Koji Yakusho Portrays Extraordinary Performance in Perfect Days Film | FRIDAY DIGITAL

Koji Yakusho Portrays Extraordinary Performance in Perfect Days Film

  • Share on Twitter
  • Share on LINE
Koji Yakusho and director Wim Wenders won the Best Actor Award at the Cannes Film Festival.

The movie “Perfect Days” is currently in theaters. Koji Yakusho, who stars in the film, won the Best Actor Award at the 76th Cannes International Film Festival. The film was also selected to represent Japan at the 96th Academy Awards International Feature Film Awards, and has already been released in eight countries around the world.

At the Cannes Film Festival, some said that “Paris, Texas” the masterpiece of Wim Wenders, the director of this film, seems to have been reworked again in Japan at a more mature and higher level, and Wenders, the master of road movies with cars and bicycles, is back. Praises are pouring in, describing it as turning everyday life itself into a road movie.

Originally, this film was about the renewal of public toilets in Shibuya Ward, Tokyo, by world-renowned architects and creators, each with their own perspective. It started out as a short film project to promote their activities. Koji Yakusho, who stars in the film, must not have expected that the film would attract so much attention.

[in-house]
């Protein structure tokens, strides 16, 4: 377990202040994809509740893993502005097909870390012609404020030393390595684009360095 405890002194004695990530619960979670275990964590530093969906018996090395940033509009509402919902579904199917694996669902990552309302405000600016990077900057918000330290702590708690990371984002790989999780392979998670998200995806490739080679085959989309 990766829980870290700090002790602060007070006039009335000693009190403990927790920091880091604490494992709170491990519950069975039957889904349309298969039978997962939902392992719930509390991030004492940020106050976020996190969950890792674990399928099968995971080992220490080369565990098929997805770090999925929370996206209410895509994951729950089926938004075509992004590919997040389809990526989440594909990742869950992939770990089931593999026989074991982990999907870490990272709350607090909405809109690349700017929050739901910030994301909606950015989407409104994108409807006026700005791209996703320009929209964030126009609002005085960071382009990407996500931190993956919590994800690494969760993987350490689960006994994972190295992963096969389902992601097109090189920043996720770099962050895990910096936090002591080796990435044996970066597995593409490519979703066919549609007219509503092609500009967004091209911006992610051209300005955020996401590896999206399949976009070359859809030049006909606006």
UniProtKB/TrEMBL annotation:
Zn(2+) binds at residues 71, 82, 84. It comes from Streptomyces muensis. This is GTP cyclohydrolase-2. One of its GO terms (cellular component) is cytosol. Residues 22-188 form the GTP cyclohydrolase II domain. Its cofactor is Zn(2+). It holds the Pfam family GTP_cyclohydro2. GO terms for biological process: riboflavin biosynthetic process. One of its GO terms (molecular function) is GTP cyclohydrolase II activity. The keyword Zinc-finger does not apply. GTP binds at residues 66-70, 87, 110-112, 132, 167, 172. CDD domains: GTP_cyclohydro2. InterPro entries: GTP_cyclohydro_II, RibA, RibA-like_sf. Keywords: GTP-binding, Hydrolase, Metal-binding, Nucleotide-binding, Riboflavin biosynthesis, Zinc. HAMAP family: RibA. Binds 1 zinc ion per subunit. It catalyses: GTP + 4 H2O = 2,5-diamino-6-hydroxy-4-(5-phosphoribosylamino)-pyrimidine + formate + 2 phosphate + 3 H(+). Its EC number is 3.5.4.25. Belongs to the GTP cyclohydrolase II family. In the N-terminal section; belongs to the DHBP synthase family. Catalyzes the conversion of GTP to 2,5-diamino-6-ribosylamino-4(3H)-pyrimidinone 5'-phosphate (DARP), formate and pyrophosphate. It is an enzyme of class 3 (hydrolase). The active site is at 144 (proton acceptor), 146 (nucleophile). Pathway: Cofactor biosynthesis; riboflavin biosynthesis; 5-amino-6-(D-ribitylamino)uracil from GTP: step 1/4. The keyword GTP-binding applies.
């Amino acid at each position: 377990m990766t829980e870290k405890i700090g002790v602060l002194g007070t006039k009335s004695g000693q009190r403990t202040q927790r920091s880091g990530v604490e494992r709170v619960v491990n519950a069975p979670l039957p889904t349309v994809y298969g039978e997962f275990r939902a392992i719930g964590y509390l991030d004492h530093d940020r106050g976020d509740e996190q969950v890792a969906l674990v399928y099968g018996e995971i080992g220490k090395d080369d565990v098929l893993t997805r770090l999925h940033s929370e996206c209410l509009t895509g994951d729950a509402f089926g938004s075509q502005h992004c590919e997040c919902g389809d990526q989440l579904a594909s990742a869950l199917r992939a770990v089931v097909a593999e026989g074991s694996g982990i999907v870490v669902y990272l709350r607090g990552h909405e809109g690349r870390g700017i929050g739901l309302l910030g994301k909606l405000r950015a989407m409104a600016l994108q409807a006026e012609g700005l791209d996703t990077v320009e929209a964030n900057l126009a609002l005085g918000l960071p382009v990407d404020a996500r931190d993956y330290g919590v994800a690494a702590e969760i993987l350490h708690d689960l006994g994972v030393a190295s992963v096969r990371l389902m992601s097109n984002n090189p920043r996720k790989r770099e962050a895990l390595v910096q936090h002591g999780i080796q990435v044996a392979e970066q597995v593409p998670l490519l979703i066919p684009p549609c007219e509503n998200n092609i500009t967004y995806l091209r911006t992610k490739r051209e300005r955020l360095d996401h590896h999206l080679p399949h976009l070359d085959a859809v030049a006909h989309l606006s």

This film tells the story of Masaki Hirayama (Yakusho), a public restroom cleaner who lives in an old apartment near the Tokyo Skytree. He wakes up in the dark and drives his van from one public restroom to another in Shibuya Ward, polishing every corner of the “little sanctuary” (toilet).

In Wenders’ words, “The film gives you a feeling similar to that of standing speechless in front of an incredibly beautiful natural setting.”

The audience may be experiencing such a moment.

At first glance, Hirayama appears to be an ascetic monk, but he has no shortage of daily pleasures.

He listens to old rock numbers from the ’60s and ’70s, such as Lou Reed, the Kinks, the Animals, and Patti Smith, on an old cassette tape in the car while traveling. And when he has a small lunch, he looks up at the trees from the shrine grounds and takes black-and-white photos of the sunlight filtering through the trees with a small film camera.

A chance encounter with a mysterious homeless old man (Min Tanaka). After work, one of my favorite pastimes is to wash myself in a public bath and have a meal at a set meal shop in Asakusa’s underground shopping arcade,” said a producer from a production company.

Conversations with the proprietress (Sayuri Ishikawa) of the secondhand bookstore and tavern he visits on his days off. Then, in his four-and-a-half-tatami-mat room, he reads a paperback book until he falls asleep. What a fulfilling life it is.

Such is the way of life of Hirayama.

People work a lot, earn money, and get what they want. Even so, they are never satisfied and seek for more. Hirayama-san never gets anything, but he is satisfied with his life.

Though he is surrounded by concrete buildings, he has an air of living in the forest.

“He is surrounded by concrete buildings, but he has the atmosphere of living in the forest,” said Yakusho.